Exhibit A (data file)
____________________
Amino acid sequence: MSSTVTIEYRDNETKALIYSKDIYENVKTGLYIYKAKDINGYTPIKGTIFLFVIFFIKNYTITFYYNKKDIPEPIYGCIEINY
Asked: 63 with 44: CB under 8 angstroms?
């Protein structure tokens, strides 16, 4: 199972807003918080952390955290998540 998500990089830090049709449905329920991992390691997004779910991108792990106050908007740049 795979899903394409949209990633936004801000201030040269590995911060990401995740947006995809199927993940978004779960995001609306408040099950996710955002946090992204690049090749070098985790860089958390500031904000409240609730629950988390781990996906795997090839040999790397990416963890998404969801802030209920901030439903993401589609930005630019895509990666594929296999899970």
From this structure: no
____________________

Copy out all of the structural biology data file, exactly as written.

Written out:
Amino acid sequence: MSSTVTIEYRDNETKALIYSKDIYENVKTGLYIYKAKDINGYTPIKGTIFLFVIFFIKNYTITFYYNKKDIPEPIYGCIEINY
Asked: 63 with 44: CB under 8 angstroms?
């Protein structure tokens, strides 16, 4: 199972807003918080952390955290998540 998500990089830090049709449905329920991992390691997004779910991108792990106050908007740049 795979899903394409949209990633936004801000201030040269590995911060990401995740947006995809199927993940978004779960995001609306408040099950996710955002946090992204690049090749070098985790860089958390500031904000409240609730629950988390781990996906795997090839040999790397990416963890998404969801802030209920901030439903993401589609930005630019895509990666594929296999899970």
From this structure: no